The Tampa Bay Rays declined St. Petersburg's offer to help look for a new stadium site within Pinellas County earlier this week, but Mayor Bill Foster was nonetheless upbeat Thursday about the team's future in the city.
Foster also downplayed the stadium standoff's urgency as he gave a briefing to the St. Petersburg City Council.
"There is no dire urgency for us to develop plans this year or next," he told the council.
Foster and Rays owner Stuart Sternberg got together for a much-anticipated summit Tuesday to talk about the Rays future in St. Petersburg.
Foster had revealed some of what happened to reporters earlier this week, but he opened up about the discussion to the council on Thursday.
Foster said the Rays still want to look throughout the Bay area for potential stadium sites.
"They were very clear they were not going to join a unilateral effort by the city to look at sites in Pinellas County," he said.
Yet the Rays expressed some doubts about Tampa, as well, Foster said. The team has questions about the region's ability to support three professional sports teams –the Rays, the Lightning and the Buccaneers.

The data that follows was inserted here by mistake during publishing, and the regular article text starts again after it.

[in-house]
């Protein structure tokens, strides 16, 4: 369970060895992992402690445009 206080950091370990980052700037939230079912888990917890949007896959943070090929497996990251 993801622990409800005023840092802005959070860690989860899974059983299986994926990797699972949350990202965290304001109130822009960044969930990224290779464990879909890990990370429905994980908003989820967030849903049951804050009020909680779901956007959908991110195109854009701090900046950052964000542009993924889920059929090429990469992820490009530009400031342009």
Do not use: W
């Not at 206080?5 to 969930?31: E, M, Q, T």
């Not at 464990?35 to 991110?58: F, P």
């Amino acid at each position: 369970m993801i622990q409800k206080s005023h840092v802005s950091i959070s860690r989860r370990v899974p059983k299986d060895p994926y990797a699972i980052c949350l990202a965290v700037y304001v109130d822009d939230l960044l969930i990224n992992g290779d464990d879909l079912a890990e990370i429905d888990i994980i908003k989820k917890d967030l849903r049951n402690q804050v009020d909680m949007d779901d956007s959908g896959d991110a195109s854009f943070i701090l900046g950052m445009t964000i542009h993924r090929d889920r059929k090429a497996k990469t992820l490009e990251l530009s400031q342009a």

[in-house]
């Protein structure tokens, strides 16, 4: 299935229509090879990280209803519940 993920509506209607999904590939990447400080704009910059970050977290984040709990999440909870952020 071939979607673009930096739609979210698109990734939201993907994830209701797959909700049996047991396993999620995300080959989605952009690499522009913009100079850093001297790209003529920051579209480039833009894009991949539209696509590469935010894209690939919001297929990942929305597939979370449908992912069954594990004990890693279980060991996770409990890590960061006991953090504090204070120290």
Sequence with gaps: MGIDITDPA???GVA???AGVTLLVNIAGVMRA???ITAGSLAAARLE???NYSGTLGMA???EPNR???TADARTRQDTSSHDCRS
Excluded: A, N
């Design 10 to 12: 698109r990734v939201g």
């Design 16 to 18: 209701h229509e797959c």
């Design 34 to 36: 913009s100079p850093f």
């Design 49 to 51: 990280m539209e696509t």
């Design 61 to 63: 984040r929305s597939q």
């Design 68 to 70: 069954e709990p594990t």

"I did not leave the meeting feeling that the Rays believe Tampa would be the panacea."
No one from the Rays attended Thursday's City Council meeting, but Sternberg had made similar comments to the Tribune immediately after his meeting with the mayor Tuesday.
At that time, Sternberg said the team was no closer to convincing Foster it must be able to look outside the city and county.
In recent months, several members of the St. Petersburg City Council expressed frustration at Foster's unwillingness to talk about stadium issues with the team.
Council members seemed relieved Thursday that Foster promised to speak more openly with the Rays. They also seemed eager to take on an unusual task for a governmental body – ticket salesman.
Council members unanimously agreed that council Chairwoman Leslie Curran should write a letter to the Rays offering to help the team sell tickets.
Councilman Jim Kennedy and a city development administrator accompanied Foster on his trip to Tropicana Field on Tuesday to meet with Sternberg.
Thursday evening, Kennedy said he was struck by how rattled Sternberg seemed by the community's rejection of a 2007 team proposal for a new stadium on St. Petersburg's waterfront.
"This was very much of a fresh scar," Kennedy said.